Former Comptroller Carl McCall used to joke about it all the time when he was titular head of the state Democratic Party and candidate for governor in 2002.
"I have to make five different stops every time I come to Erie County so one or another warring faction doesn't get offended," he would say.
Things aren't quite that bad in 2007, but McCall would definitely have to make the rounds these days if he were still visiting.
You've got your Jim Keane faction and your Paul Clark faction in the county executive race. Then you've got your group loyal to Chairman Len Lenihan, and your contingent pledged to Mayor Byron Brown, not to mention all the geographic and ethnic bands that roam the region's political landscape.
New groups keep emerging too, like the one nominally headed by Assemblyman Sam Hoyt. While Hoyt has slowly built a city-based force within the party for years, it slinked around out of sight without causing much of a fuss.
That all changed last week when the Hoyt group and City Hall clashed over two Common Council seats. And for Hoyt, the ire is aimed at the mayor's political point man -- Deputy Mayor Steve Casey.
"At a time of skyrocketing crime and an FBI investigation of City Hall, my message to the mayor's office is that we ought to concentrate on good government," Hoyt fumed. "I don't think the people of Buffalo elected this mayor to have his deputy mayor run a political operation at taxpayers' expense."
The assemblyman and the mayor were never close, but the new and wider rift between them marks yet another crack in the Democratic veneer of "unity." It all began when Niagara Council Member Dominic Bonifacio opted against re-election, and both sides rushed to fill the ensuing vacuum.
Assistant Corporation Counsel Peter Savage III entered with the mayor's blessing. Then Hoyt countered with David Rivera, a Buffalo police officer, while former mayoral candidate Judy Einach joined the race independently.
A fight in Niagara not enough for you? Let's do Delaware too.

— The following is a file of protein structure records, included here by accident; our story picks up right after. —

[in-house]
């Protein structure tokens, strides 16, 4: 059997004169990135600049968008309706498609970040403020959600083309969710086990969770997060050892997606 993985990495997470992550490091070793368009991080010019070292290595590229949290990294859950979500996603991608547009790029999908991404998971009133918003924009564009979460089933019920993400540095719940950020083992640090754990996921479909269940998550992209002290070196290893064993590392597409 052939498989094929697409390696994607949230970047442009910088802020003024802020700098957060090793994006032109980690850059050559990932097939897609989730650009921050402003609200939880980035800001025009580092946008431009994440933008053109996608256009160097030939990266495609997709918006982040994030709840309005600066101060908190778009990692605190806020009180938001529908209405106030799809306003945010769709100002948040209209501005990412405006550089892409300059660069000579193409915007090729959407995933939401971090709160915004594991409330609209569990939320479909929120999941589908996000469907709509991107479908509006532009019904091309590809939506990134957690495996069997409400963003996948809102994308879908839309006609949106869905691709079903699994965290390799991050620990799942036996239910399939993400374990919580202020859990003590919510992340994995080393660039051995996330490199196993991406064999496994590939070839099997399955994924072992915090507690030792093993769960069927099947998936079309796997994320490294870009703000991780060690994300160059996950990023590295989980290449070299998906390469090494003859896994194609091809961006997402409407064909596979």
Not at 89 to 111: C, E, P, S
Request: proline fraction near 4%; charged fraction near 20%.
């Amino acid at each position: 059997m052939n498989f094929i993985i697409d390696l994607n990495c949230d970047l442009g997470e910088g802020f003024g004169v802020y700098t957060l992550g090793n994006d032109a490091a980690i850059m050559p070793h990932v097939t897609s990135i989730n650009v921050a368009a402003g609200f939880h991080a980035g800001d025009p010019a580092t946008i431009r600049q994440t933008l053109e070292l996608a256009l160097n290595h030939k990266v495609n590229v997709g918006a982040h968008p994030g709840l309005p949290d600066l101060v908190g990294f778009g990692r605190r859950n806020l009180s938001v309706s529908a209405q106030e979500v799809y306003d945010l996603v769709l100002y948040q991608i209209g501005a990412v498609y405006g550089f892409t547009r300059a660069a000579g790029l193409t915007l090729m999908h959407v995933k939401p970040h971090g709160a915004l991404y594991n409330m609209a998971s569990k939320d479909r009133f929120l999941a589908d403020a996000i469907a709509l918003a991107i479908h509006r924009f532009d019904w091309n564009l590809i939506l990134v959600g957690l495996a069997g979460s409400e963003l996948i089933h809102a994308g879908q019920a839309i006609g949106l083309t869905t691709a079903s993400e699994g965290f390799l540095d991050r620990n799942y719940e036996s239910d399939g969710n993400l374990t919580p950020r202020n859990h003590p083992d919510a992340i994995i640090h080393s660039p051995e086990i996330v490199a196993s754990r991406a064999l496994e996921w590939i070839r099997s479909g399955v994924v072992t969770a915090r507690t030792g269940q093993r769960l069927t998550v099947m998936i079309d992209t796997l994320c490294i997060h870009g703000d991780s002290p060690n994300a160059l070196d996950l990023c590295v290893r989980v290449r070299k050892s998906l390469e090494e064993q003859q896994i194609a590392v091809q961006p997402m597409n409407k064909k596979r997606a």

Another Brown insider, Jessica Maglietto, will challenge incumbent Michael LoCurto, who once worked for Hoyt.
And while we're at it, let's get the County Legislature involved. Former Legislator Al DeBenedetti is poised to challenge Maria Whyte, who is also close to Hoyt. DeBenedetti said the mayor would like him to run against Whyte, but Brown says he has no interest whatsoever in removing the Legislature's majority leader.
In fact, he says Savage and Maglietto both approached him about running for Council this year.
"I did not feel it would be appropriate to stand in their way," Brown said.
Indeed, he says part of any executive's job is to seek a cooperative and friendly legislative branch.
"It's good for the Council to be independent," the mayor said, "but it's also good for the executive and legislative branches to work together in the best interests of the community."
What's interesting about all this is that while Brown's political operation maintains a tenuous relationship with Democratic Headquarters, it isn't afraid to flex its muscles against other party factions too.
And the flip side is that Hoyt's group feels it is strong enough to take on the state's leading Democratic mayor.
The result is lots of political brush fires breaking out all over Erie County this primary season.
So if McCall finds his way to Buffalo any time soon, he'll avoid the denizens of all those Democratic lairs. He'll probably take in a show at Shea's or venture over to Kleinhan's and the Philharmonic.
Anything but those Democrats in Buffalo.